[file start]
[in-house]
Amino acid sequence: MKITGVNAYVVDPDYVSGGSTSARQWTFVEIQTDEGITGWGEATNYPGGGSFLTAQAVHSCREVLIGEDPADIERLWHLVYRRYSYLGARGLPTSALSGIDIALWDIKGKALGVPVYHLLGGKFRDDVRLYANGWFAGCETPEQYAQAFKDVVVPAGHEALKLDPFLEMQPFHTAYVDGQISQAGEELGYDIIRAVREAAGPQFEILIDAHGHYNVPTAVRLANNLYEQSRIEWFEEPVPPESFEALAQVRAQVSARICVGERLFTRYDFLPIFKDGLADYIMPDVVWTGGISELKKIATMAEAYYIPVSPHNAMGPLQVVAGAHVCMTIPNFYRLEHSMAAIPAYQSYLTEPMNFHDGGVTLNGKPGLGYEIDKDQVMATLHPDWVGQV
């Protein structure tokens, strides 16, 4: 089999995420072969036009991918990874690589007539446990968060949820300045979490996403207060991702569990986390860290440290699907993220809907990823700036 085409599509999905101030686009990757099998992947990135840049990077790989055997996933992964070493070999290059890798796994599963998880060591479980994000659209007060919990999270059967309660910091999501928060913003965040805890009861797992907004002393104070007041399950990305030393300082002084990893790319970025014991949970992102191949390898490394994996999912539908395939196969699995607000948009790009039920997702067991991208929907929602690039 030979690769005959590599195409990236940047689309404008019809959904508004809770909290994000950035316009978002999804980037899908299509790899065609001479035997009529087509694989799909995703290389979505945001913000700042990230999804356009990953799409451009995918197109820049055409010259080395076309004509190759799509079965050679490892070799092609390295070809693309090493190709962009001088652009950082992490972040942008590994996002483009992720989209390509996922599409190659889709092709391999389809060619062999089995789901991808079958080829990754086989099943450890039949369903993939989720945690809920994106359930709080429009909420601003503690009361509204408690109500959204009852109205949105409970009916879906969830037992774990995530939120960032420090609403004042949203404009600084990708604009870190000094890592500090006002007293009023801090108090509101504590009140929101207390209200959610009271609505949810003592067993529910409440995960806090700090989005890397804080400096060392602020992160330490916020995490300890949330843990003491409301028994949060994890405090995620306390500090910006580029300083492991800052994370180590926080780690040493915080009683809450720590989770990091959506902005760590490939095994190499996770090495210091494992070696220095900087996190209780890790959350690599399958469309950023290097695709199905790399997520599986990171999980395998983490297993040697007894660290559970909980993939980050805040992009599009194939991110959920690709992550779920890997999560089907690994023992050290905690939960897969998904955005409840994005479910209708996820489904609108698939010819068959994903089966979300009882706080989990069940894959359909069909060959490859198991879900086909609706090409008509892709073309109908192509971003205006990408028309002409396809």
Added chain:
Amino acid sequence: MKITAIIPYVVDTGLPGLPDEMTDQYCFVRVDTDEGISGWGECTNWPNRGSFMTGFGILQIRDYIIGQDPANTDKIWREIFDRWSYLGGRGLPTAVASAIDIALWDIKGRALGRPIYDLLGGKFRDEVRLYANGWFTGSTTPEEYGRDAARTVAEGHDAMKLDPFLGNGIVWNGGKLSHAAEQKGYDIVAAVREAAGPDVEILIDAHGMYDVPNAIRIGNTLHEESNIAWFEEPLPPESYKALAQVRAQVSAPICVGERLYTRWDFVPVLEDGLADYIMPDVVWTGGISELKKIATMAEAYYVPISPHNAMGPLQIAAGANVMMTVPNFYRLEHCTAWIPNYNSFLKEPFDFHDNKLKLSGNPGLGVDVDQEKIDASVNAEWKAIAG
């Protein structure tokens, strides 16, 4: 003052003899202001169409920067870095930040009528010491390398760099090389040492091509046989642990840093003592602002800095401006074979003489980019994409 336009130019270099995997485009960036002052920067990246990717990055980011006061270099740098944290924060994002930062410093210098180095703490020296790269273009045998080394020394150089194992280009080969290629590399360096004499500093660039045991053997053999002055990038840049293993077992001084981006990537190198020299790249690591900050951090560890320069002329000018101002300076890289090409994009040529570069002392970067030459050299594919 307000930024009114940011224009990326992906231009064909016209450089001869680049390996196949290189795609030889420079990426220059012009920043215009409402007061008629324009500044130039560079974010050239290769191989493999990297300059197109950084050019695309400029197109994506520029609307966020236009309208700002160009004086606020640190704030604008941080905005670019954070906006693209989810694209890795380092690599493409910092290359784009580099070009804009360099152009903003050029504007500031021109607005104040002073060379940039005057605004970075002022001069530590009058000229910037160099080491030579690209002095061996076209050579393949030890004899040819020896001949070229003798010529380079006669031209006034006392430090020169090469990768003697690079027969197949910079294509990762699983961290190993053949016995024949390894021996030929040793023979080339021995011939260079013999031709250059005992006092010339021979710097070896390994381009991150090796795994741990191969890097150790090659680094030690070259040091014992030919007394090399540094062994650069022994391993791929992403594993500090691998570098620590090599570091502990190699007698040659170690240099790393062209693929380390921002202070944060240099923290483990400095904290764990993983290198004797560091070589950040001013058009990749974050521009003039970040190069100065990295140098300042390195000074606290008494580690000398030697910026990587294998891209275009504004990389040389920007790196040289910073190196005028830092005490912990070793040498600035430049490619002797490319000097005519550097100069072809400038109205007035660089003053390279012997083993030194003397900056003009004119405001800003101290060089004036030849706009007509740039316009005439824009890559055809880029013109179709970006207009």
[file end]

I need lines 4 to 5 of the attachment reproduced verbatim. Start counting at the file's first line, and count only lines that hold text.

Added chain:
Amino acid sequence: MKITAIIPYVVDTGLPGLPDEMTDQYCFVRVDTDEGISGWGECTNWPNRGSFMTGFGILQIRDYIIGQDPANTDKIWREIFDRWSYLGGRGLPTAVASAIDIALWDIKGRALGRPIYDLLGGKFRDEVRLYANGWFTGSTTPEEYGRDAARTVAEGHDAMKLDPFLGNGIVWNGGKLSHAAEQKGYDIVAAVREAAGPDVEILIDAHGMYDVPNAIRIGNTLHEESNIAWFEEPLPPESYKALAQVRAQVSAPICVGERLYTRWDFVPVLEDGLADYIMPDVVWTGGISELKKIATMAEAYYVPISPHNAMGPLQIAAGANVMMTVPNFYRLEHCTAWIPNYNSFLKEPFDFHDNKLKLSGNPGLGVDVDQEKIDASVNAEWKAIAG